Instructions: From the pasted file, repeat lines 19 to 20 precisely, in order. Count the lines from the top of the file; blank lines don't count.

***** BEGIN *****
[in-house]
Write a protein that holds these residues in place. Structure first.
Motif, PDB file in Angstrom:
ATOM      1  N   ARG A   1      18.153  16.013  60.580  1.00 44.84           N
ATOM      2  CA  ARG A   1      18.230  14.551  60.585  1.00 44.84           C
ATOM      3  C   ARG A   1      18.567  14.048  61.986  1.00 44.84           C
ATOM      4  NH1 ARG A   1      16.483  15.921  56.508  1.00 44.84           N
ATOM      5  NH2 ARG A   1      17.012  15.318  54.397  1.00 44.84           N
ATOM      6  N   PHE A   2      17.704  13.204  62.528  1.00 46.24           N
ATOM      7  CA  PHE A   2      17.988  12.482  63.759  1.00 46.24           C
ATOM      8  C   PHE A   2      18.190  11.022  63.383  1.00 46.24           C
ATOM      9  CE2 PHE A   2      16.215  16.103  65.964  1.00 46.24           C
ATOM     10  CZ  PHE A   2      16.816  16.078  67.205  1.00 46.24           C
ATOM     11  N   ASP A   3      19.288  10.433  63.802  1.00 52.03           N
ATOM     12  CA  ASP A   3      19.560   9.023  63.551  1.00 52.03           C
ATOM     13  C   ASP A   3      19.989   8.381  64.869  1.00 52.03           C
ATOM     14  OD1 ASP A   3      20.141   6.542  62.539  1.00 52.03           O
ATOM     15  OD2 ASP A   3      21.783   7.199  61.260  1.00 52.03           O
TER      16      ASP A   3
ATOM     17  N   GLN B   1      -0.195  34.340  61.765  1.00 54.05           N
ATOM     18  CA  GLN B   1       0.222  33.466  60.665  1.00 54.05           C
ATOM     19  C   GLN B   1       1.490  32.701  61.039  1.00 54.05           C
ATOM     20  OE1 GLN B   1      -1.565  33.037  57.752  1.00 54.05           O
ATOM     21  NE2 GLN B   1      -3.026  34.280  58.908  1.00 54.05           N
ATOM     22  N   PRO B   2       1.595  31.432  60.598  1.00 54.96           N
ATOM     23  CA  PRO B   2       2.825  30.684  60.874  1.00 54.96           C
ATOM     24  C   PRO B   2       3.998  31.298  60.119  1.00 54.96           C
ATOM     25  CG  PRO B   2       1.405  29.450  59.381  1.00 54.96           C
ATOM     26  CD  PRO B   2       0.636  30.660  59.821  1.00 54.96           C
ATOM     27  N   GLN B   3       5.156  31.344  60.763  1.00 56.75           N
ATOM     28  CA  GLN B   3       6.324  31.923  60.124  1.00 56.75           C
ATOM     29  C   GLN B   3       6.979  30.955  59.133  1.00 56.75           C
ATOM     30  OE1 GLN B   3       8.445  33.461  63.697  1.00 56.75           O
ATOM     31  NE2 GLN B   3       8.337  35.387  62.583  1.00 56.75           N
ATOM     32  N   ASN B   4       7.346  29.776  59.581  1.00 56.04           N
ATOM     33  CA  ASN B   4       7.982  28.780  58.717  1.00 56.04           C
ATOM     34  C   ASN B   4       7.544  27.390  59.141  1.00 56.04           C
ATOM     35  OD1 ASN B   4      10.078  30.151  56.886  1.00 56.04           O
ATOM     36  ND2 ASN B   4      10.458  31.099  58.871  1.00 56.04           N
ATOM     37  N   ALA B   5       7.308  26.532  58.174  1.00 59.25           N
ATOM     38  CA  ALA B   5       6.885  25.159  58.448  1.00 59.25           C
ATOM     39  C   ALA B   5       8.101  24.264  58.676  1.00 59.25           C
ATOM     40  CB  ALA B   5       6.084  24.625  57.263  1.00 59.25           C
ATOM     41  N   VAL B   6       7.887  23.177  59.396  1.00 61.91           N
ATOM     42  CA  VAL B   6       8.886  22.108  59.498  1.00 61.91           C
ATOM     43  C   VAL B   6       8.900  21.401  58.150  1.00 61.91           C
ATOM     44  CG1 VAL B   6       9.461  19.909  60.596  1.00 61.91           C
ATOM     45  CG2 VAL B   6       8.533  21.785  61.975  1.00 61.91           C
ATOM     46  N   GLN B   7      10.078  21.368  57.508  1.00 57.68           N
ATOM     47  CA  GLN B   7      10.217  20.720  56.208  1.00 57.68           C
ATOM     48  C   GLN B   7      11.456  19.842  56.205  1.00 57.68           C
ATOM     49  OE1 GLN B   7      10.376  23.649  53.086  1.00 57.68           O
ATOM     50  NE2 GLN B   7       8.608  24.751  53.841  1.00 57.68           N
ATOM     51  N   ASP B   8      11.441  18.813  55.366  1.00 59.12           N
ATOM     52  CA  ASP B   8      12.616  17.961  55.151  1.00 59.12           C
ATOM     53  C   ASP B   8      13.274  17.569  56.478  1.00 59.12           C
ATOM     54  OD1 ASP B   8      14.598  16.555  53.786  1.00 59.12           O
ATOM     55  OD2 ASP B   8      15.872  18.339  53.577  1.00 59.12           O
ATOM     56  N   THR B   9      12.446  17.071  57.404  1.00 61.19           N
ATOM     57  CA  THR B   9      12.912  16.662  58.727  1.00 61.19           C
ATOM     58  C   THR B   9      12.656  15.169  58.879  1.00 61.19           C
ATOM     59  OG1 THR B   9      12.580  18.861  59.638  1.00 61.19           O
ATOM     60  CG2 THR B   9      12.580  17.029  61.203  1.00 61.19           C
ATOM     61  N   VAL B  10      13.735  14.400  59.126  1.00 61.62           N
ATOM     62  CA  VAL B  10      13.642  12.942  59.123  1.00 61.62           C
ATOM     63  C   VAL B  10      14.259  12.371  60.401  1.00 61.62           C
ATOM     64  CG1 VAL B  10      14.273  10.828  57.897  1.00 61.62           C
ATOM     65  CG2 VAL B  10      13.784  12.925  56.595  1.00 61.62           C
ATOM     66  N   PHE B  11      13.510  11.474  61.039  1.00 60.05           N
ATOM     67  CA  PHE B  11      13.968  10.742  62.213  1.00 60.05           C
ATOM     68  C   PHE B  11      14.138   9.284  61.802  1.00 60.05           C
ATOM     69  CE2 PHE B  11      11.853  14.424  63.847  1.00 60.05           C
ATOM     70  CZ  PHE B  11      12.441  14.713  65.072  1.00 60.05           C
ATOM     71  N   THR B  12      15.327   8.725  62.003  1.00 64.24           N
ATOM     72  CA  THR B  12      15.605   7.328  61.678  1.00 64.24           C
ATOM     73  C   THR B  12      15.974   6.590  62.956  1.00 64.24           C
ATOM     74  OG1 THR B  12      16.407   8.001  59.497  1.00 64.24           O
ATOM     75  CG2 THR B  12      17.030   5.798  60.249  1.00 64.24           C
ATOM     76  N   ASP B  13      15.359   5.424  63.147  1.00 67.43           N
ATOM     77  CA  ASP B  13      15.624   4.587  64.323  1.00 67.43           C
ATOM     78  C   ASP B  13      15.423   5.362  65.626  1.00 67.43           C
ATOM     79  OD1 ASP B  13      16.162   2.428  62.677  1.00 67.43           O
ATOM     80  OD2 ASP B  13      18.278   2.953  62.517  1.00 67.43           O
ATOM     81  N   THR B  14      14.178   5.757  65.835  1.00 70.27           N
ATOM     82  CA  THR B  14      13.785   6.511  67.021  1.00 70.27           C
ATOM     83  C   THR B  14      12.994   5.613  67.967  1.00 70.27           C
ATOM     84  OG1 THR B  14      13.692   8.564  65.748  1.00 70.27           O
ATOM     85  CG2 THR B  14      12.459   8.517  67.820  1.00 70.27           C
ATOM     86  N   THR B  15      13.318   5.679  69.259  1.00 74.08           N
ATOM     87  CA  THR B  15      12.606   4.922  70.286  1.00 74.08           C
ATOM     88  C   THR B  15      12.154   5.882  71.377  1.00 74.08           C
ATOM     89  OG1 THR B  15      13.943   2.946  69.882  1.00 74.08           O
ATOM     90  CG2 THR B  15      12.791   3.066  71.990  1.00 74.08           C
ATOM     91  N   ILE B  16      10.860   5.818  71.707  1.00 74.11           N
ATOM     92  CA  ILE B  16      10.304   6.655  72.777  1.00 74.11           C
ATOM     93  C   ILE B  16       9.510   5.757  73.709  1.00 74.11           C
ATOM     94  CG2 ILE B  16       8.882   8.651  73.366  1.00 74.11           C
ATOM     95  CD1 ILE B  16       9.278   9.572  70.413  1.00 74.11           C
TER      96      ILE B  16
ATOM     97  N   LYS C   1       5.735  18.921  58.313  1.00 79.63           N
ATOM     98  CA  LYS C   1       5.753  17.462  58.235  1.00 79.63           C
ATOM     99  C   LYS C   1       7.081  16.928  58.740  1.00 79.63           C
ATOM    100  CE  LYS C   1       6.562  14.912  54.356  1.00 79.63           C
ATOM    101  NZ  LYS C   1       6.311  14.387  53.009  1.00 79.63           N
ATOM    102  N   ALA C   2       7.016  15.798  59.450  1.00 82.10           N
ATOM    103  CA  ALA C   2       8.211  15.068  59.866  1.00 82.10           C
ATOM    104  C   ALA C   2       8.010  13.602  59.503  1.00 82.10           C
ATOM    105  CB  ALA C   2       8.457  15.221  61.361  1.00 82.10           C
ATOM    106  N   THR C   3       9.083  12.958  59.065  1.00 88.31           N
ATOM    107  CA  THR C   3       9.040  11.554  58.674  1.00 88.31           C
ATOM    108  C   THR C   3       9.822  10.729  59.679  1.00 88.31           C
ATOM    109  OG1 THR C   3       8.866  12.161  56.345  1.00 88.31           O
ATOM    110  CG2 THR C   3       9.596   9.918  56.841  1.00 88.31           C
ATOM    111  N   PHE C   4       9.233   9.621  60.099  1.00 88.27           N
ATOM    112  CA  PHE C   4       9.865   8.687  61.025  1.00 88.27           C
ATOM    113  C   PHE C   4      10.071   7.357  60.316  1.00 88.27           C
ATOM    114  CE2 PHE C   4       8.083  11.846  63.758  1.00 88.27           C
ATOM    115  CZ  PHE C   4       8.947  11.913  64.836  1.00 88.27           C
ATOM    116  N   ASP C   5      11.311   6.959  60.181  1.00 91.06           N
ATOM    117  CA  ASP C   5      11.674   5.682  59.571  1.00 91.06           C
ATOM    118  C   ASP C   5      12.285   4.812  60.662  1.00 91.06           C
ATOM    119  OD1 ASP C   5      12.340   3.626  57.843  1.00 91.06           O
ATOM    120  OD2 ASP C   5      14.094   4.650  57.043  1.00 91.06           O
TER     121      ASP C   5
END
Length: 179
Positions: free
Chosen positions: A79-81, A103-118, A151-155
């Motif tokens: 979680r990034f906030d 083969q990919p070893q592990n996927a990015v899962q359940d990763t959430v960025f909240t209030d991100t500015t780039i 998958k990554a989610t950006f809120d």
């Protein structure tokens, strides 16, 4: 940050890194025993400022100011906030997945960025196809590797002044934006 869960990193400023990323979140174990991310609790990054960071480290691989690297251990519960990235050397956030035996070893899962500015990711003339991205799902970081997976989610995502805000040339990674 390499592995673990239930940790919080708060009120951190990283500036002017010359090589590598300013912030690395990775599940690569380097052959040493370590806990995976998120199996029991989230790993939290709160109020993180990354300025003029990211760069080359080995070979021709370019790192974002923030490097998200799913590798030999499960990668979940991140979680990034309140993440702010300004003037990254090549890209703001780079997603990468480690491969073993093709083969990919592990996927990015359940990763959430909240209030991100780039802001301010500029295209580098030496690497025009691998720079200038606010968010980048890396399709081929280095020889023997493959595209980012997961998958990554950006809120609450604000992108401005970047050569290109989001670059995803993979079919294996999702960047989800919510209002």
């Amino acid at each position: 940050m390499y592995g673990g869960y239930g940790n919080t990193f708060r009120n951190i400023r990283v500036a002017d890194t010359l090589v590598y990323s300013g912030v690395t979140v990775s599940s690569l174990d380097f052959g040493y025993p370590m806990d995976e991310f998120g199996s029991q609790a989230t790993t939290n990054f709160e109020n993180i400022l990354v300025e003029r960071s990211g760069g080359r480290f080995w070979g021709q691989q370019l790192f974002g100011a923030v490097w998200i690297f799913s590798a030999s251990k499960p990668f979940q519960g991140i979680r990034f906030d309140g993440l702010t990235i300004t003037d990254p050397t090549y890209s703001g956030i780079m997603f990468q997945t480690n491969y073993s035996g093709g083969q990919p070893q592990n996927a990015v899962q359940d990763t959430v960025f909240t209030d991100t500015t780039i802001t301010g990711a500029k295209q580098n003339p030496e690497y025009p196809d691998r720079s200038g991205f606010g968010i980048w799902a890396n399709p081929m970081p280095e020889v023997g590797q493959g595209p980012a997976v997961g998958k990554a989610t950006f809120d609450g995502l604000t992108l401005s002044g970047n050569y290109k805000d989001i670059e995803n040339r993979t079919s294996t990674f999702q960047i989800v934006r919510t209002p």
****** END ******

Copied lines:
TER      16      ASP A   3
ATOM     17  N   GLN B   1      -0.195  34.340  61.765  1.00 54.05           N